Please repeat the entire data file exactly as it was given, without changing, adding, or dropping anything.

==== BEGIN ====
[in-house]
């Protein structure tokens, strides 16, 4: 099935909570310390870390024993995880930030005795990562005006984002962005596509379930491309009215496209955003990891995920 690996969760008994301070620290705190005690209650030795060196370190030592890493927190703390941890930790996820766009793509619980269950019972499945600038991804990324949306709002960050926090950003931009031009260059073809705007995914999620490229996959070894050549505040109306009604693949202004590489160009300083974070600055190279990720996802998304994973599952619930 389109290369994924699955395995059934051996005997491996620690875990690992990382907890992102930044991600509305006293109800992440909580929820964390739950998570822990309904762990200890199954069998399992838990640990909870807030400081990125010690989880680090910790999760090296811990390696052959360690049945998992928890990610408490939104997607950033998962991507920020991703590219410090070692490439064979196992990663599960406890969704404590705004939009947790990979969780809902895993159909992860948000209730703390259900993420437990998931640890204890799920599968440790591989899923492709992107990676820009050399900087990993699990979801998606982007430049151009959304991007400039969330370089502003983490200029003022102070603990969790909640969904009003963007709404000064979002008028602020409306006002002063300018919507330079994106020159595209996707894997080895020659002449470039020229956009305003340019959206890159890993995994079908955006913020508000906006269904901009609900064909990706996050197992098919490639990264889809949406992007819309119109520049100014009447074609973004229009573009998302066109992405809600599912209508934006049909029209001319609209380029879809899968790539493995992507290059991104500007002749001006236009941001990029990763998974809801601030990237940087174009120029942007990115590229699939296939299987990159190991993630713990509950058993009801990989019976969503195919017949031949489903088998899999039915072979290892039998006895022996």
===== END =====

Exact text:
[in-house]
């Protein structure tokens, strides 16, 4: 099935909570310390870390024993995880930030005795990562005006984002962005596509379930491309009215496209955003990891995920 690996969760008994301070620290705190005690209650030795060196370190030592890493927190703390941890930790996820766009793509619980269950019972499945600038991804990324949306709002960050926090950003931009031009260059073809705007995914999620490229996959070894050549505040109306009604693949202004590489160009300083974070600055190279990720996802998304994973599952619930 389109290369994924699955395995059934051996005997491996620690875990690992990382907890992102930044991600509305006293109800992440909580929820964390739950998570822990309904762990200890199954069998399992838990640990909870807030400081990125010690989880680090910790999760090296811990390696052959360690049945998992928890990610408490939104997607950033998962991507920020991703590219410090070692490439064979196992990663599960406890969704404590705004939009947790990979969780809902895993159909992860948000209730703390259900993420437990998931640890204890799920599968440790591989899923492709992107990676820009050399900087990993699990979801998606982007430049151009959304991007400039969330370089502003983490200029003022102070603990969790909640969904009003963007709404000064979002008028602020409306006002002063300018919507330079994106020159595209996707894997080895020659002449470039020229956009305003340019959206890159890993995994079908955006913020508000906006269904901009609900064909990706996050197992098919490639990264889809949406992007819309119109520049100014009447074609973004229009573009998302066109992405809600599912209508934006049909029209001319609209380029879809899968790539493995992507290059991104500007002749001006236009941001990029990763998974809801601030990237940087174009120029942007990115590229699939296939299987990159190991993630713990509950058993009801990989019976969503195919017949031949489903088998899999039915072979290892039998006895022996």